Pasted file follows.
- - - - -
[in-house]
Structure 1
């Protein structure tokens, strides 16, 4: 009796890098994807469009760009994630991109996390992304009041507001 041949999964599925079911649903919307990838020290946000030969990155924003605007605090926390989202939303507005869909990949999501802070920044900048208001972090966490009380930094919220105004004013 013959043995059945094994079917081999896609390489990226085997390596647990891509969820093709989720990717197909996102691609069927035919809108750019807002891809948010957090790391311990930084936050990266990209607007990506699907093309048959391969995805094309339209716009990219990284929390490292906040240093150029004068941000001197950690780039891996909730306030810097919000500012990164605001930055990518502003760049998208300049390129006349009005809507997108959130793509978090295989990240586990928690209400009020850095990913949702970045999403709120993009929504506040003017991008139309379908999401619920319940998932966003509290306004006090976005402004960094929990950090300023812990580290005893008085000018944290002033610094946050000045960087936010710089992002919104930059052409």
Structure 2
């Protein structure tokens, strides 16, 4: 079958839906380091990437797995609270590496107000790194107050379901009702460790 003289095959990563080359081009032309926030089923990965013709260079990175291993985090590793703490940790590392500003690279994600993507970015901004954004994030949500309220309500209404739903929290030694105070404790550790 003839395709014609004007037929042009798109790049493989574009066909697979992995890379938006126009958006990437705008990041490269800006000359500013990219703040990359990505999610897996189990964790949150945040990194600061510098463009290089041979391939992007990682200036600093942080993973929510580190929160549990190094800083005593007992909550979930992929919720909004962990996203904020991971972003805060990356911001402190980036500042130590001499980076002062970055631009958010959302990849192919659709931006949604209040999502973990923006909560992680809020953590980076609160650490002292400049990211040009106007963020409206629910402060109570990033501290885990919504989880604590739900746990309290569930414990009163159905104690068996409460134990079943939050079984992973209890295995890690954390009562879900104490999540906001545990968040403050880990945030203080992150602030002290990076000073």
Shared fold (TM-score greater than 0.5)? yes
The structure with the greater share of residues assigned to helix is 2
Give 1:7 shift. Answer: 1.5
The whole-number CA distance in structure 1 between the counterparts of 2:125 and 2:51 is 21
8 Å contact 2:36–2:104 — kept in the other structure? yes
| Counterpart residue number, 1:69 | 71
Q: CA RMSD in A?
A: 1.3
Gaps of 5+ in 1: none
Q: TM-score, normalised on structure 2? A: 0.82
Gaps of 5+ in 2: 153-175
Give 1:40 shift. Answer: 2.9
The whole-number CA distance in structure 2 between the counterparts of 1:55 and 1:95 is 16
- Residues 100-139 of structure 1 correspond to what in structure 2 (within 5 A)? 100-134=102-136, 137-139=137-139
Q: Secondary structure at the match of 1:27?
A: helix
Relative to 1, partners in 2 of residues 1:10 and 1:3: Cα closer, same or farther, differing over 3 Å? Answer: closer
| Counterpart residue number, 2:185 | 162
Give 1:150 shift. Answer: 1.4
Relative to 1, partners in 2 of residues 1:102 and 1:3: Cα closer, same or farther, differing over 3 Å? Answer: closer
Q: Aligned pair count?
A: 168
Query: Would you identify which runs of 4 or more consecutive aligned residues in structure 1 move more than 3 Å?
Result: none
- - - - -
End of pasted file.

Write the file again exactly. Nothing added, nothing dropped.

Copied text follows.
[in-house]
Structure 1
């Protein structure tokens, strides 16, 4: 009796890098994807469009760009994630991109996390992304009041507001 041949999964599925079911649903919307990838020290946000030969990155924003605007605090926390989202939303507005869909990949999501802070920044900048208001972090966490009380930094919220105004004013 013959043995059945094994079917081999896609390489990226085997390596647990891509969820093709989720990717197909996102691609069927035919809108750019807002891809948010957090790391311990930084936050990266990209607007990506699907093309048959391969995805094309339209716009990219990284929390490292906040240093150029004068941000001197950690780039891996909730306030810097919000500012990164605001930055990518502003760049998208300049390129006349009005809507997108959130793509978090295989990240586990928690209400009020850095990913949702970045999403709120993009929504506040003017991008139309379908999401619920319940998932966003509290306004006090976005402004960094929990950090300023812990580290005893008085000018944290002033610094946050000045960087936010710089992002919104930059052409």
Structure 2
């Protein structure tokens, strides 16, 4: 079958839906380091990437797995609270590496107000790194107050379901009702460790 003289095959990563080359081009032309926030089923990965013709260079990175291993985090590793703490940790590392500003690279994600993507970015901004954004994030949500309220309500209404739903929290030694105070404790550790 003839395709014609004007037929042009798109790049493989574009066909697979992995890379938006126009958006990437705008990041490269800006000359500013990219703040990359990505999610897996189990964790949150945040990194600061510098463009290089041979391939992007990682200036600093942080993973929510580190929160549990190094800083005593007992909550979930992929919720909004962990996203904020991971972003805060990356911001402190980036500042130590001499980076002062970055631009958010959302990849192919659709931006949604209040999502973990923006909560992680809020953590980076609160650490002292400049990211040009106007963020409206629910402060109570990033501290885990919504989880604590739900746990309290569930414990009163159905104690068996409460134990079943939050079984992973209890295995890690954390009562879900104490999540906001545990968040403050880990945030203080992150602030002290990076000073």
Shared fold (TM-score greater than 0.5)? yes
The structure with the greater share of residues assigned to helix is 2
Give 1:7 shift. Answer: 1.5
The whole-number CA distance in structure 1 between the counterparts of 2:125 and 2:51 is 21
8 Å contact 2:36–2:104 — kept in the other structure? yes
| Counterpart residue number, 1:69 | 71
Q: CA RMSD in A?
A: 1.3
Gaps of 5+ in 1: none
Q: TM-score, normalised on structure 2? A: 0.82
Gaps of 5+ in 2: 153-175
Give 1:40 shift. Answer: 2.9
The whole-number CA distance in structure 2 between the counterparts of 1:55 and 1:95 is 16
- Residues 100-139 of structure 1 correspond to what in structure 2 (within 5 A)? 100-134=102-136, 137-139=137-139
Q: Secondary structure at the match of 1:27?
A: helix
Relative to 1, partners in 2 of residues 1:10 and 1:3: Cα closer, same or farther, differing over 3 Å? Answer: closer
| Counterpart residue number, 2:185 | 162
Give 1:150 shift. Answer: 1.4
Relative to 1, partners in 2 of residues 1:102 and 1:3: Cα closer, same or farther, differing over 3 Å? Answer: closer
Q: Aligned pair count?
A: 168
Query: Would you identify which runs of 4 or more consecutive aligned residues in structure 1 move more than 3 Å?
Result: none